In this article, we will explore the concept of Product Knowledge, and how it can help you separate your brands from the rest of the market.
A large part of selling a product relies on the seller’s ability to convince and persuade. Persuasion can only exist when the seller knows his or her onions. You must ensure your employees, stakeholders and salesperson are able to persuade at every customer interaction. To convert potential customers, they should truly believe in your product and the difference it claims to bring to its customers.
To enable your stakeholders to represent your brand, having deep Product Knowledge is handy.
Read this article further to understand how to leverage product knowledge for better branding and customer experience.
What is Product Knowledge?
In the most basic form, product knowledge means an understanding of the details and features of a product.
As simple as it sounds, it's a crucial skill for entrepreneurs and salespersons because it directly affects the profitability of the business. Of course, it's embarrassing for the company if its management keeps answering ‘I don’t know’ too many times when a customer asks about your product.
Though usually, potential customers come with a level of knowledge about the product, that is not always enough to make them buyers. In-depth product knowledge from the side of customer-facing employees is what does the trick to persuade them to convert.
Typically, product knowledge includes:
The problem your product solves v/s features v/s benefits
An understanding of the shortcomings of the product such that you are able to answer whatever concerns customers might have.
Business competition for product positioning
Latest industry trends
Complimentary products for partnerships, acquisitions, or new launches
Potential customization that customers might ask for
Product specifications and how it meets the needs of customers
What qualifies as product knowledge is usually fluid and broad. Depending on the context, a salesperson, customer, product manager, and even an investor may need to have Product Knowledge.
How does a lack of product knowledge harm your business?
The absence of product knowledge among your organization’s stakeholders causes a communication gap that widens if not fixed. Here’s how it affects your business operations:
Low customer satisfaction
You will notice how your customers experience dissatisfaction every time they report a problem. On not receiving the right solution, they might lose trust in your business’ capabilities to solve their problem. It’s typical for everyone to expect a level of reliability from a business and its employees in terms of product knowledge.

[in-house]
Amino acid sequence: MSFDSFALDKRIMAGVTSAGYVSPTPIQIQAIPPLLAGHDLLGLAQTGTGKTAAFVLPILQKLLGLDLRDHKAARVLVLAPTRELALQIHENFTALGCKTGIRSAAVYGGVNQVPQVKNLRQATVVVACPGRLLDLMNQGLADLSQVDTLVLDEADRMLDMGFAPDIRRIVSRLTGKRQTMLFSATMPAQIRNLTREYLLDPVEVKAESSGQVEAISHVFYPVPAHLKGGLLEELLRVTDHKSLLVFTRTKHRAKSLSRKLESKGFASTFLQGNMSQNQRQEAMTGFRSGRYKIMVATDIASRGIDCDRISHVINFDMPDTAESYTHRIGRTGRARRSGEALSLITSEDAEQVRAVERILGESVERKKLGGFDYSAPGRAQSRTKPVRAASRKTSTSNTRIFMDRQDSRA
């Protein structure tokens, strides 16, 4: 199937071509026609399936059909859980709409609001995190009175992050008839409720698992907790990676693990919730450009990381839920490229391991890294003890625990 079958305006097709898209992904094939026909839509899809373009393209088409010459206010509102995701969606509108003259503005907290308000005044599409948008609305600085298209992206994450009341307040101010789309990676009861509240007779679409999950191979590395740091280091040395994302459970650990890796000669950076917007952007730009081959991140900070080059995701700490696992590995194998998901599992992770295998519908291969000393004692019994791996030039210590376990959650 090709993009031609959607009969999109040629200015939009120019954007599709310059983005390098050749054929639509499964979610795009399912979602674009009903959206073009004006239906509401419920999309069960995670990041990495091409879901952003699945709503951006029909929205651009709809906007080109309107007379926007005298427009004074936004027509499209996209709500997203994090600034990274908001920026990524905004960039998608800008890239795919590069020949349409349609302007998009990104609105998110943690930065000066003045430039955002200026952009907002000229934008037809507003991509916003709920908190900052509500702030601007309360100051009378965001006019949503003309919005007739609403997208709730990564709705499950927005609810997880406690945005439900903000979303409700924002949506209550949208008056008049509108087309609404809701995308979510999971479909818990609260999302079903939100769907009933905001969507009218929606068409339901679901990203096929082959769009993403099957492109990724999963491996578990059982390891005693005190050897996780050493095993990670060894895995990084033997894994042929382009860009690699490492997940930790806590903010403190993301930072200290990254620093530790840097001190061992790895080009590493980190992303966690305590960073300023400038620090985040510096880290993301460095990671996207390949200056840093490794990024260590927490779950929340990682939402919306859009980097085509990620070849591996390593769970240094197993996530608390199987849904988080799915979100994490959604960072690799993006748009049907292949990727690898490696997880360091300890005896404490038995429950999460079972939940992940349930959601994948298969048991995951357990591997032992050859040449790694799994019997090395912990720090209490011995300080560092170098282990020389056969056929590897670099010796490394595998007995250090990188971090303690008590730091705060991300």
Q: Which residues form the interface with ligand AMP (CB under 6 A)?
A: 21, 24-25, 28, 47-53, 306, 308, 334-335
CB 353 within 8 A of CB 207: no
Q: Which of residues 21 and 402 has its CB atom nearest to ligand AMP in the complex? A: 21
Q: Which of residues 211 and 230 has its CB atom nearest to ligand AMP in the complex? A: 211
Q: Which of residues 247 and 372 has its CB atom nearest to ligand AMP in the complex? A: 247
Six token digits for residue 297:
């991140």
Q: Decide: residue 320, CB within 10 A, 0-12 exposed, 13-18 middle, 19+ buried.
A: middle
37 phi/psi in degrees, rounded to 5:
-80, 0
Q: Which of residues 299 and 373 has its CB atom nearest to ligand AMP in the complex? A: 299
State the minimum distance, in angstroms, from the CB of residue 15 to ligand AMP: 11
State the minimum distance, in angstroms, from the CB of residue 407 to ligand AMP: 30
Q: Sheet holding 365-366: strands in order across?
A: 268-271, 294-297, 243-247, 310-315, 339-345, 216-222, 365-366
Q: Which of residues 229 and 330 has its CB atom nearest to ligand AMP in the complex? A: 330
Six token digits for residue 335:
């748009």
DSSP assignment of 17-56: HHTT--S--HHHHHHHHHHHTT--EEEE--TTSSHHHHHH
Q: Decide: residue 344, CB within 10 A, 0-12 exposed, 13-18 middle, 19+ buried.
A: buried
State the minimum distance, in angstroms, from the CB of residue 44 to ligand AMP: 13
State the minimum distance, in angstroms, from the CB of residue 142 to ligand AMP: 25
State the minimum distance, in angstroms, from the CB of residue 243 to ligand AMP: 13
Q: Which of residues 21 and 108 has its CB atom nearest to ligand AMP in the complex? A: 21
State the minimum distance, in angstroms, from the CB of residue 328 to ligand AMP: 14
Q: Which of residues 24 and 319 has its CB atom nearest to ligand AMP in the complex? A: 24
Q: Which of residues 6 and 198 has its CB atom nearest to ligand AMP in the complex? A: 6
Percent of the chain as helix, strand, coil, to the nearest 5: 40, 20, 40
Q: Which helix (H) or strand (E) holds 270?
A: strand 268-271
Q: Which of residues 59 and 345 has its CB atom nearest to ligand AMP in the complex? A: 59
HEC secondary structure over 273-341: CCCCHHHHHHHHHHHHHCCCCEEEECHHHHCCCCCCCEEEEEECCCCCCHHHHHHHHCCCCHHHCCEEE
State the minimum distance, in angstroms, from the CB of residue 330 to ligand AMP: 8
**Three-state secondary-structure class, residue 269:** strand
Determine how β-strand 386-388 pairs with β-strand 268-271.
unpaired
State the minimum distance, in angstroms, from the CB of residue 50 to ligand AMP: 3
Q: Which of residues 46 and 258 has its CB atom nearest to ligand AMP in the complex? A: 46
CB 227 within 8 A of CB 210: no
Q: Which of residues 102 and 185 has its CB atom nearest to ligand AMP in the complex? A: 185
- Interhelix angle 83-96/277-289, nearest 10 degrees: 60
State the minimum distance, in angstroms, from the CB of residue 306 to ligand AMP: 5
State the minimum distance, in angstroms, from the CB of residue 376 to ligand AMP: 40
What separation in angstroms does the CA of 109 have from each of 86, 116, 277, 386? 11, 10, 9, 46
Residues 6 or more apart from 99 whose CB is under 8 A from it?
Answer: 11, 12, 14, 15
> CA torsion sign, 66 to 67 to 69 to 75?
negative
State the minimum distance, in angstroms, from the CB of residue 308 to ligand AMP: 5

Reduces brand authority
Efforts to nurture product knowledge create a confident staff who are often the face of your company. If they are poorly trained with improper product knowledge, they might offer subpar services. This further translates to a bad word of mouth, or worse, bad publicity.
Source - Twitter
Amazon is known for its customer service obsession. But a simple search on social media highlights how quick people are to complain publicly about their customer dissatisfaction. The image showcases how amazon representatives and chat screenshots get shared easily when service is poor.
The inability to convince buyers to purchase will automatically lead to low sales. Developing a confident sales or customer support staff requires deep product knowledge training. The idea is to pass on this confidence gained over the product to potential customers for a successful sale.
Redundant Pipeline Development
Pipeline development in the business world refers to a business’s process of turning potential customers into actual customers.
From the first point of contact with the potential customers, the salesperson should start displaying high-level product knowledge. This is necessary to maintain the potential customers’ attention and keep them interested. The subsequent stages of pipeline development should continue in the same fashion until the customer is retained.
When there’s a lack of product knowledge the developed sales pipeline will be unable to convert potential customers into actual customers.
Lack of ideas for business growth
Not having product knowledge means no ideas for brainstorming strategies to take the business forward. This includes the insight to analyze competition, extend existing products, etc.
For example, Kodak completely missed the digital camera trend even when it had the necessary technology. This indicates a lack of product knowledge among management in terms of how the industry would shape in the coming decades.
Also, with the constant change in demands of customers, businesses that lack product knowledge may get left behind as they will be unable to explain their new products to customers. Customers want something new and innovative but what they appreciate more is an explanation of how best to use it.
What are the key elements of product knowledge?
A salesperson or an entrepreneur can get started with product knowledge by learning about these key aspects of their product:
Involves digging for more information about a product apart from what is already known. In-depth product research, including technical knowledge, helps the salesperson remove jargon and simplify their pitch. Customers are least uninterested in your industry jargon, and it is up to your team to digest and explain it to them in simple terms.